Posts Tagged ‘Cary Katz’

Pocket Bullets ParisBy: Pocket Bullets Paris

We’ve always said that sometimes, no matter how good you think your hand is, you may still get beat. That’s what happened to Motoyuki Mabuchi  when he hit quad aces on the river and shoved all in. Mabuchi knew his hand was the nuts, but then Justin Phillips snap-called him and everyone in the room gasped as Phillips showed a royal flush that sent Mabuchi to the rails shaking his head.

Bad beats happen all the time but they are seldom as impressive as the beat that Phillips exercised over Mabuchi. This past year at the “Big One for One Drop” we witnessed another huge bad beat. This time it was for a million dollars. Cary Katz, under the gun, bets $225,000 with pocket aces. The table folded around to Connor Drinan who re-raised to $580,000, then Katz four-bet to $2,000,000. Katsz tries to give some friendly advice. He says “Save your money kid, you can’t win every pot.” Drinan smirks and shoves all in to $4, 970,000, Katz snap-calls and both players show pocket bullets. Drinan held the ace of diamonds and ace of clubs while Katz held the ace of hearts and the ace of spades. Everyone assumed they would split the pot; in fact, it was a 96 percent chance they would. But then a heart came up on the flop. And another on the turn and the kill was another heart on the river giving Katz the flush and the win. Possibly the worst beat in the history of poker at a $1 million buy-in World Series of Poker tournament.

With a name like “Pocket Bullets” Paris, I especially felt Drinan’s pain as he stepped back from the poker table. Damn! Watch the video below and you too could share in Drinan’s pain.

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Pocket Bullets ParisBy: Pocket Bullets Paris

I was kicking back with a few friends after getting knocked out of our friendly local tourney, enjoying a cold draft and laughing at the BS being bantered around. Someone asked, “What’s the craziest bad beat y’all have seen in a tourney?” One of the guys said he watched a video of this year’s  Big One for One Drop at the WSOP. This was when Connor Drinan and Cary Katz, both of whom had paid one million dollars to play, and both of whom picked up pocket aces. Drinan with ace of diamonds and ace of clubs vs Katz’s ace of spades and ace of hearts. After raising and re-raising each other a few times Drinan splashes his poker chips all in and Katz snap calls him.TPS Poker Chips

The flop came down with 2d – Kh – 5h, the turn and the river were both hearts giving Katz a flush and knocking Drinan out in 18th place and out of the money. That definitely qualifies as a bad beat, and certainly many will say it’s the worst ever because of the million dollar buy in.

However, in my mind, the worst beat ever is still the battle between Justin Phillips and Moriyuki Mabuchi at the 2009 WSOP. Mabuchi bet after the river  – Phillips raised  – Mabuchi splashed his chips all in and Phillips called. The board showed A of hearts, 9 of clubs, Queen-Ten-A of diamonds. Phillips turned over a J-K of diamonds for a Royal Flush and Mabushi turned over the Ace of spades and the Ace of clubs for Quad Aces. Insane beat … Quad Aces destroyed by a Royal Flush. The chance of a royal flush and quad aces happening in the same hand is 1 in 2.7 billion!  To me that qualifies it as the worst bad beat ever, despite the money.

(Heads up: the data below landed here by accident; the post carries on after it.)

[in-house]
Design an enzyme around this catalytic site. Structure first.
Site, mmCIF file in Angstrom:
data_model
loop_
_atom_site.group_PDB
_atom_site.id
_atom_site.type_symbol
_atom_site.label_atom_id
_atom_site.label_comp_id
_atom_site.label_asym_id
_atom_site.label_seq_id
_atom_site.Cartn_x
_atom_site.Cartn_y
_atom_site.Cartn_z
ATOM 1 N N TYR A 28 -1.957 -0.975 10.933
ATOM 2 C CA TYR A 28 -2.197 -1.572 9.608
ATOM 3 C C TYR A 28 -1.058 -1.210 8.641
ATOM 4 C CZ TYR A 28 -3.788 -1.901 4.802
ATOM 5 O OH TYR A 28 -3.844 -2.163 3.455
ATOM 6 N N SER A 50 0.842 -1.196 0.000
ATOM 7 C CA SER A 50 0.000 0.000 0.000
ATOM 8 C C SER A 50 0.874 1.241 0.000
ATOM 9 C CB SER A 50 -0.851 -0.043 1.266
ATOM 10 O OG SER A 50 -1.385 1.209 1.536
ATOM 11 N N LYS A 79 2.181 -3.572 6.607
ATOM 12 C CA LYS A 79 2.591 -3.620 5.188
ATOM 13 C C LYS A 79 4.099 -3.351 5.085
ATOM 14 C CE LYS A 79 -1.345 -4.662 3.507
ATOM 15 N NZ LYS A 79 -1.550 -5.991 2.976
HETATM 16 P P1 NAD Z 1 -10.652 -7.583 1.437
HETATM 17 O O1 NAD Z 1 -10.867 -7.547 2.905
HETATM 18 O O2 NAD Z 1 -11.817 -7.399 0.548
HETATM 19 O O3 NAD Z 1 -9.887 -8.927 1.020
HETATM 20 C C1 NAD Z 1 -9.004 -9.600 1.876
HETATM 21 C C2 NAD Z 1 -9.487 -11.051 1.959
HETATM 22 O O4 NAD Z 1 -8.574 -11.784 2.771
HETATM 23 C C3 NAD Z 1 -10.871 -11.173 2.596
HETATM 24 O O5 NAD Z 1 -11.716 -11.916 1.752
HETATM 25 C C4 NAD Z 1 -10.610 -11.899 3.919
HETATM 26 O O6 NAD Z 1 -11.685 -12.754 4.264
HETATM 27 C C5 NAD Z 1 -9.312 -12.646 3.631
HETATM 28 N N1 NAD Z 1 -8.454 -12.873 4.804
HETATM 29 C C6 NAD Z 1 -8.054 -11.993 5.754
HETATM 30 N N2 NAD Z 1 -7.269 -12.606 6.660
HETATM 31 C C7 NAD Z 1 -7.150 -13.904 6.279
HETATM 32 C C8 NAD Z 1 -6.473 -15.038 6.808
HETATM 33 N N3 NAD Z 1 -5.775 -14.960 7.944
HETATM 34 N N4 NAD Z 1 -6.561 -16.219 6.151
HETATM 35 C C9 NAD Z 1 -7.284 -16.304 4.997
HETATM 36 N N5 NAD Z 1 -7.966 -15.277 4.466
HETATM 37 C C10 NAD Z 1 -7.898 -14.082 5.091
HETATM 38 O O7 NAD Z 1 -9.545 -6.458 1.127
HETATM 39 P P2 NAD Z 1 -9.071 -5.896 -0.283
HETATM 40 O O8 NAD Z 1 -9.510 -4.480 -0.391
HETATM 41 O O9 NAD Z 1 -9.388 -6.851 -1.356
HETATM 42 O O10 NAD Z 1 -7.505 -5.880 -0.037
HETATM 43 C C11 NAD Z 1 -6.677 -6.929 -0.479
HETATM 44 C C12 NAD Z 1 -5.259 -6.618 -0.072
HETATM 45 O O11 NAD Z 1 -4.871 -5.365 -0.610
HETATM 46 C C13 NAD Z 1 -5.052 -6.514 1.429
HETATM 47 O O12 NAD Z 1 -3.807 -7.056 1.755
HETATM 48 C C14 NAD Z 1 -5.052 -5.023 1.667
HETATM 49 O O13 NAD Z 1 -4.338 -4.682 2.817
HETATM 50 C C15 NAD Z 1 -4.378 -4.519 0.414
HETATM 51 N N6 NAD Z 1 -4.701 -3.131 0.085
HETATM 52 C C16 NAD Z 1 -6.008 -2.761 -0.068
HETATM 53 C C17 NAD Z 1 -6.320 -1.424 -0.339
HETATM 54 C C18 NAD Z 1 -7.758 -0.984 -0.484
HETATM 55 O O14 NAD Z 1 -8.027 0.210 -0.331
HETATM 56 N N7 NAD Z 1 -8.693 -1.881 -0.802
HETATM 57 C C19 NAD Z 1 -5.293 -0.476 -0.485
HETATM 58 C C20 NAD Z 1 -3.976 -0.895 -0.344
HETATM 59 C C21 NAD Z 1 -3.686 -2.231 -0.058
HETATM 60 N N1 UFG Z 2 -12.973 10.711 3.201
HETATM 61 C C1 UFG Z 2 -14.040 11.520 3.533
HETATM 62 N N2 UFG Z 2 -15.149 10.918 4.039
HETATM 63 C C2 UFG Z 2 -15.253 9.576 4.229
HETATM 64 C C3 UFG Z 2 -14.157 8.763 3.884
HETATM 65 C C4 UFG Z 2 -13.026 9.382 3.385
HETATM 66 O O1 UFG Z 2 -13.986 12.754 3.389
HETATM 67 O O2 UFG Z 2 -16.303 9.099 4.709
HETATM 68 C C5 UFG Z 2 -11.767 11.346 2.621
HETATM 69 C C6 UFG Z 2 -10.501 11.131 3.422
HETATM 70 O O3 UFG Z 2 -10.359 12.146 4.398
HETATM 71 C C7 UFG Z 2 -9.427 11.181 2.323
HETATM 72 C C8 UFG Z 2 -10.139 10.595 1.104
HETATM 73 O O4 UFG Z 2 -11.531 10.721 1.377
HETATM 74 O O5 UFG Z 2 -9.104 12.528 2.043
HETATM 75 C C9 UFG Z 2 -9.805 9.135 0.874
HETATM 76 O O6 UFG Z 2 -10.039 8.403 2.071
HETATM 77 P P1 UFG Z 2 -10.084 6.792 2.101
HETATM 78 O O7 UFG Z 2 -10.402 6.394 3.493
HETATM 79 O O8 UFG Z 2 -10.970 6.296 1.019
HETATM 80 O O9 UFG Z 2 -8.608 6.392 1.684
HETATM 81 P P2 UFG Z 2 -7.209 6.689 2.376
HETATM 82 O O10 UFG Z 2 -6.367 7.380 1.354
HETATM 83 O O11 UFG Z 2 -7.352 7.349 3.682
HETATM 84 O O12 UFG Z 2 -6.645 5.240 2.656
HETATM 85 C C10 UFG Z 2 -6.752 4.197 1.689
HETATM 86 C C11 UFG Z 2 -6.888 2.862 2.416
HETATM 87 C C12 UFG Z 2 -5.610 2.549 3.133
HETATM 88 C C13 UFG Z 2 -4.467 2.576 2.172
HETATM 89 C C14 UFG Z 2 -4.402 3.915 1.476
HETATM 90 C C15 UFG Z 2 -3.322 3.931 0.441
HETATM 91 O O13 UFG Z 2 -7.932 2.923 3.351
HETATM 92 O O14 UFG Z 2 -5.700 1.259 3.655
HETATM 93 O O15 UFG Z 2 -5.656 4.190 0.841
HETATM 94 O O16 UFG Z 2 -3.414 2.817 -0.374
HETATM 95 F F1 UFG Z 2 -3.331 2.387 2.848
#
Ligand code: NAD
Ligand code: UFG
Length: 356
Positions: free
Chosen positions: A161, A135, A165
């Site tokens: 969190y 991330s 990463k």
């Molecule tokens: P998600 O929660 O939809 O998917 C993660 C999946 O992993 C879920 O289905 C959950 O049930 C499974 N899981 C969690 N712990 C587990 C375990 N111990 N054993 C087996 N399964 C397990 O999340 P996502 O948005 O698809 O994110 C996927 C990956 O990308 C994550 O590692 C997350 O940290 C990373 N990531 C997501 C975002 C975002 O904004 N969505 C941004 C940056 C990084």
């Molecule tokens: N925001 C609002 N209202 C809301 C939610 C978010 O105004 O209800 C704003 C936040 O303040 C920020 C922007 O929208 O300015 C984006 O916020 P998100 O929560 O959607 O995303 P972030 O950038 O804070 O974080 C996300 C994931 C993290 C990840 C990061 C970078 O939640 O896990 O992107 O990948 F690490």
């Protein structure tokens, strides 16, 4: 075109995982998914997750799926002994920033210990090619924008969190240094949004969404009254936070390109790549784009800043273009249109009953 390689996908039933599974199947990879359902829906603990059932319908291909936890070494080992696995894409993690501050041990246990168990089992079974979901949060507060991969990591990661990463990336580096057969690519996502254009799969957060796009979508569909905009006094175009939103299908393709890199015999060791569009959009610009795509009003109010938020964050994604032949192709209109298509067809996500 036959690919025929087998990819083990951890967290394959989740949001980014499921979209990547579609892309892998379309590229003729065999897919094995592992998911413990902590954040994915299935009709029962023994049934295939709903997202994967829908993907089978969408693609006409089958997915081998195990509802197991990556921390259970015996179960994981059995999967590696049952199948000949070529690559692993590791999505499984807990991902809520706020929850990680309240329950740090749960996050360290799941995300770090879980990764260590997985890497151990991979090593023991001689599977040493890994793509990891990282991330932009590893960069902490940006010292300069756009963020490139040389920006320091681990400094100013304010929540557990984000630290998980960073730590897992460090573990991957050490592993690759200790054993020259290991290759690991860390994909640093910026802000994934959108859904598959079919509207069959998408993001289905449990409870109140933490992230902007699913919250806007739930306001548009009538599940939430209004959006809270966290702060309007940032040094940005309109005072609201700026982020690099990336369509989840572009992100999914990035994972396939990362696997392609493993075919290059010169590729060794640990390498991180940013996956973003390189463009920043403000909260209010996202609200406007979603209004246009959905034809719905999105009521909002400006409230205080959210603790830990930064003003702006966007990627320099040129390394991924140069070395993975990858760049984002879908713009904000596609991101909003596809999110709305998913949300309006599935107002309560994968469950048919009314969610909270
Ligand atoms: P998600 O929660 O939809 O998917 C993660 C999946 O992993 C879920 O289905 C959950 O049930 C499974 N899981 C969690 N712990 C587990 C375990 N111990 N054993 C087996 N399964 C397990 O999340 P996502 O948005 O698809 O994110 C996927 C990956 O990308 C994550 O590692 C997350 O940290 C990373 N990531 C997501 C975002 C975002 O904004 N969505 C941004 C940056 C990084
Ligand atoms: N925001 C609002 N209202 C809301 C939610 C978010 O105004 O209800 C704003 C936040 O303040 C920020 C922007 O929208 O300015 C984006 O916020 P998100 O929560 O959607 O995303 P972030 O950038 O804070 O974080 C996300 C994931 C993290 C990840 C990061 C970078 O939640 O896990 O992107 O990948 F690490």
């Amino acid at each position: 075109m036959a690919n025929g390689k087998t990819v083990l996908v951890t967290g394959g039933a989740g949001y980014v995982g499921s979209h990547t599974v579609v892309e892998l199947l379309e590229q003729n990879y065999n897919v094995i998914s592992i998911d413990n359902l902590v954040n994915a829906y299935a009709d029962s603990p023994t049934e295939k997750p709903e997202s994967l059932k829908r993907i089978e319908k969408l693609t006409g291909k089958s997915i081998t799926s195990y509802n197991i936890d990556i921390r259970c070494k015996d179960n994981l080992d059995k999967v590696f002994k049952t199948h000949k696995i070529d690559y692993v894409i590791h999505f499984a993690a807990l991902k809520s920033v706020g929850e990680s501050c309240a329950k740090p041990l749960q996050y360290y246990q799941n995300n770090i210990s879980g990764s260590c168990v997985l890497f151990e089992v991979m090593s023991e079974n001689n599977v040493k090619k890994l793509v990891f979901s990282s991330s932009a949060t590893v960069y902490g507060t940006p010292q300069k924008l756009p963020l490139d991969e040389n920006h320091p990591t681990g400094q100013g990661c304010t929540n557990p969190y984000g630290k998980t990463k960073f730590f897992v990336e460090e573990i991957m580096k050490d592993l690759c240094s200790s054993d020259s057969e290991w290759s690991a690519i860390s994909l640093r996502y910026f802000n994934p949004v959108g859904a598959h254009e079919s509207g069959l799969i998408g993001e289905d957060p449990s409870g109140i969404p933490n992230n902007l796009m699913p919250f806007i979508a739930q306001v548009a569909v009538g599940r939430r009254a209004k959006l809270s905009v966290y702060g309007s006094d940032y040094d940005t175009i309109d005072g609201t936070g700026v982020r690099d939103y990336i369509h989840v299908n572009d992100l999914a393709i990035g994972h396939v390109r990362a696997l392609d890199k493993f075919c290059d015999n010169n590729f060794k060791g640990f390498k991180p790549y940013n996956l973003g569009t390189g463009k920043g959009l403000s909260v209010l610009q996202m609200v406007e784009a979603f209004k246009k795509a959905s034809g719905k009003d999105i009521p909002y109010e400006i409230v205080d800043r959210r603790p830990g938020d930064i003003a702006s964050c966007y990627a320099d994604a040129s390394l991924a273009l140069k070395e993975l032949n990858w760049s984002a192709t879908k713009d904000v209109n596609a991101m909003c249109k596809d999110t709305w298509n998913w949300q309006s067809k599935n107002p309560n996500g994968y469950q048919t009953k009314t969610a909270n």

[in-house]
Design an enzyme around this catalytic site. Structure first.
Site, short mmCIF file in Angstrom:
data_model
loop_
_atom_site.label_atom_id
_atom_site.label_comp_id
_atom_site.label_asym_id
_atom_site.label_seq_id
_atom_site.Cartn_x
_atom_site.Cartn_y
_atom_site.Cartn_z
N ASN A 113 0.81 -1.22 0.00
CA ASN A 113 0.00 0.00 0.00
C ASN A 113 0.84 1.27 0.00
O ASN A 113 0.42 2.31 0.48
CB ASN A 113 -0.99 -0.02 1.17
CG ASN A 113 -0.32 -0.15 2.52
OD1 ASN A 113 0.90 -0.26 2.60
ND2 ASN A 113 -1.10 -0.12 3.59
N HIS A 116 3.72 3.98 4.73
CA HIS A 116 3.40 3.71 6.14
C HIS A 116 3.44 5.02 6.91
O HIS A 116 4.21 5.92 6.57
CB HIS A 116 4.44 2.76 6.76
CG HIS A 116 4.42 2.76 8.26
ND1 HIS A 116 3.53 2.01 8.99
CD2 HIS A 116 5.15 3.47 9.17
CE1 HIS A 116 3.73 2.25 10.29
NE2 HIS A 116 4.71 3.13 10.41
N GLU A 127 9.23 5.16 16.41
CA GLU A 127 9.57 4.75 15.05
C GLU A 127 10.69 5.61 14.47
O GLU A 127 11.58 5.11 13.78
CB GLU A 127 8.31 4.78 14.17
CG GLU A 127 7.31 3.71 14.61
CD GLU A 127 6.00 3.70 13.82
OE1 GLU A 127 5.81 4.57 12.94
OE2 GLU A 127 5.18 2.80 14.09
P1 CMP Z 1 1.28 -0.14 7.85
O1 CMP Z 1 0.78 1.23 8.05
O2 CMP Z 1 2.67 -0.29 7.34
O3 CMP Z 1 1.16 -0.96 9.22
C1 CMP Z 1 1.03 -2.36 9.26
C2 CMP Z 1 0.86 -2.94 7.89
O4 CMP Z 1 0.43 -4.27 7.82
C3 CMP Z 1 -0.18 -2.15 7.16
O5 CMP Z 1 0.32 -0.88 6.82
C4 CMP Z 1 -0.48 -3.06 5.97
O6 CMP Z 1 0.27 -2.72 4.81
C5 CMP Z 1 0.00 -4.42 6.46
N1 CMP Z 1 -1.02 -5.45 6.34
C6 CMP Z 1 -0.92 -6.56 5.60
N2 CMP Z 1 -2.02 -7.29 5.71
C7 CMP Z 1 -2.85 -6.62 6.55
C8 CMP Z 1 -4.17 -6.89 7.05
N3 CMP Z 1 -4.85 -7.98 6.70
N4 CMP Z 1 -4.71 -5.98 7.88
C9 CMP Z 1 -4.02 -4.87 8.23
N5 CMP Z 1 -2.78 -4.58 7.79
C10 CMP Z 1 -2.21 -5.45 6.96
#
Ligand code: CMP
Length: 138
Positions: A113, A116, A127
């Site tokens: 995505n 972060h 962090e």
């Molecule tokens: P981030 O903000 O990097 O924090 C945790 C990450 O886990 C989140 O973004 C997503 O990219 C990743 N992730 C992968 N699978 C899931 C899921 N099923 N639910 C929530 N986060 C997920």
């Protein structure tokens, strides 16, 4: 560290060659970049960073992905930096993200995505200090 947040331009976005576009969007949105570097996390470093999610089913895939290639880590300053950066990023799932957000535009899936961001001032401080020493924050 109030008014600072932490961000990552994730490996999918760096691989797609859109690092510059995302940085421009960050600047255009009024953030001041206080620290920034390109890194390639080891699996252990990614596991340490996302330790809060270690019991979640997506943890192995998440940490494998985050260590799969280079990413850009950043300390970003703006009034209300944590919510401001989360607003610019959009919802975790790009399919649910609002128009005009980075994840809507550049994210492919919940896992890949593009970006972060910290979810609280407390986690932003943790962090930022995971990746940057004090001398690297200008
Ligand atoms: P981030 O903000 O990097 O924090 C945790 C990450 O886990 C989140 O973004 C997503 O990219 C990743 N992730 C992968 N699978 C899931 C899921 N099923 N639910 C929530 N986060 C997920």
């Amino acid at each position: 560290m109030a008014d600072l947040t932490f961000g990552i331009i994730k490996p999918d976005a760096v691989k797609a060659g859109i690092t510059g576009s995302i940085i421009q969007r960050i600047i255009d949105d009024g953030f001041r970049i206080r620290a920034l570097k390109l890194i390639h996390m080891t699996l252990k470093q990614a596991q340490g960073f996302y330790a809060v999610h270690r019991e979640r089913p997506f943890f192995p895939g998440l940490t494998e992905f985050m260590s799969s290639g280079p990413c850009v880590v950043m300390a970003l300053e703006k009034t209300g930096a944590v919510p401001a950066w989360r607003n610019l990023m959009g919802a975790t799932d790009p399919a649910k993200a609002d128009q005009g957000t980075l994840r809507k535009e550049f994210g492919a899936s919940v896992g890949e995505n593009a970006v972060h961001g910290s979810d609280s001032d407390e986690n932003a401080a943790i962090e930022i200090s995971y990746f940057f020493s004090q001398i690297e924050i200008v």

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Your average non-poker player always reacts with a gasp of astonishment when you tell them the kind of dollars being awarded by the World Series of Poker on a daily basis prior to the Main Event Championship. They begin salivating when you tell them that last year, the final WSOP Champion, Greg Merson,  was only 24 years old and he took home $8.53 million dollars, not to mention the outstanding championship bracelet designed by Jason Arashebenm  that has been estimated to be worth more than 100k. It is then that, for many a non-poker player, the dream begins.

This year is no different; if anything it is already gearing up to become the biggest dream of all. The 44th Annual WSOP has already awarded more than $70 million dollars in cash prizes and it’s only up to event 19 with more than 40 events yet to come before the Final Event gets played in November. That’s more than enough reason to dream.

Athanasios PolychronopoulosAthanasios Polychronopoulos, 29-year-old professional poker player from Amagansett, NY, extended his dream by defeating Manuel Mutke of Germany and winning his second WSOP title and bracelet when his favorite card, the Queen of Clubs, was dropped on the river. He takes home $518,755 to add to his bankroll.

Taylor Paur24-year-old California poker pro, Taylor Paur, took home his first gold bracelet and $340,260. He began his domination of the final table by knocking out Kyle Cartwright and Ryan Austin with pocket bullets and finished heads-up with Roy Weiss from Smithtown, New York, and it became a heated battle between East and West Coast until the West prevailed and Paur’s dream came true with his first cash in his first-ever WSOP event.

Davidi KitaiDavidi Kitai, 33-year-old from Brussels, Belgium, must be a big dreamer too. He’s one of just a few players who has completed poker’s Triple Crown by winning WSOP, WPT and EPT titles. His dreams continued to come true today after overpowering Cary Katz in a lucky heads-up. Kitai took home his second WSOP title , $224,560 plus his second championship gold bracelet.

So whether you’re a non-poker player, an amateur player or a seasoned professional and your dreams include making it to the WSOP….don’t give up. One of these days you too may be raking in all the poker chips, making your dreams come true.

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